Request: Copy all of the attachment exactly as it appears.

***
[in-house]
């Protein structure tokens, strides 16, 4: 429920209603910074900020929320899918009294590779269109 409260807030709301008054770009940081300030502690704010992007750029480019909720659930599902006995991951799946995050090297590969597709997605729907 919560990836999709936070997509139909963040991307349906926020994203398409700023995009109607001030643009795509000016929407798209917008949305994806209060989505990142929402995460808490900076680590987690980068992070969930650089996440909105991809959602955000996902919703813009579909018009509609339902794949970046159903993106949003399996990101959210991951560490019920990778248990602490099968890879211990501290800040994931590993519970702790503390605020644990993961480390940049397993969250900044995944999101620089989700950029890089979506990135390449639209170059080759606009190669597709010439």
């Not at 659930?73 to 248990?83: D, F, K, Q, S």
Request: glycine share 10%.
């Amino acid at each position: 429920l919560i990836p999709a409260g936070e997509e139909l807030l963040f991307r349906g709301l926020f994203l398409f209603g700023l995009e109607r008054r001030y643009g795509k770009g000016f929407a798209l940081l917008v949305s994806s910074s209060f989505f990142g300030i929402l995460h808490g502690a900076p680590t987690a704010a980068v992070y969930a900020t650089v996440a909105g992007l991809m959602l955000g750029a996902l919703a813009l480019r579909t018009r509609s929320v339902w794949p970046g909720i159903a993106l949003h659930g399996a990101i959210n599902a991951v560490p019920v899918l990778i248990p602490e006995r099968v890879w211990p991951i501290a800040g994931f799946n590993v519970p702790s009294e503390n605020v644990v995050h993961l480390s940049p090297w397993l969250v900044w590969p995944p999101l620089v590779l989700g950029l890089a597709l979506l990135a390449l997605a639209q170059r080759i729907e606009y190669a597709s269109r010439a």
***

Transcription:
[in-house]
């Protein structure tokens, strides 16, 4: 429920209603910074900020929320899918009294590779269109 409260807030709301008054770009940081300030502690704010992007750029480019909720659930599902006995991951799946995050090297590969597709997605729907 919560990836999709936070997509139909963040991307349906926020994203398409700023995009109607001030643009795509000016929407798209917008949305994806209060989505990142929402995460808490900076680590987690980068992070969930650089996440909105991809959602955000996902919703813009579909018009509609339902794949970046159903993106949003399996990101959210991951560490019920990778248990602490099968890879211990501290800040994931590993519970702790503390605020644990993961480390940049397993969250900044995944999101620089989700950029890089979506990135390449639209170059080759606009190669597709010439």
């Not at 659930?73 to 248990?83: D, F, K, Q, S």
Request: glycine share 10%.
């Amino acid at each position: 429920l919560i990836p999709a409260g936070e997509e139909l807030l963040f991307r349906g709301l926020f994203l398409f209603g700023l995009e109607r008054r001030y643009g795509k770009g000016f929407a798209l940081l917008v949305s994806s910074s209060f989505f990142g300030i929402l995460h808490g502690a900076p680590t987690a704010a980068v992070y969930a900020t650089v996440a909105g992007l991809m959602l955000g750029a996902l919703a813009l480019r579909t018009r509609s929320v339902w794949p970046g909720i159903a993106l949003h659930g399996a990101i959210n599902a991951v560490p019920v899918l990778i248990p602490e006995r099968v890879w211990p991951i501290a800040g994931f799946n590993v519970p702790s009294e503390n605020v644990v995050h993961l480390s940049p090297w397993l969250v900044w590969p995944p999101l620089v590779l989700g950029l890089a597709l979506l990135a390449l997605a639209q170059r080759i729907e606009y190669a597709s269109r010439a």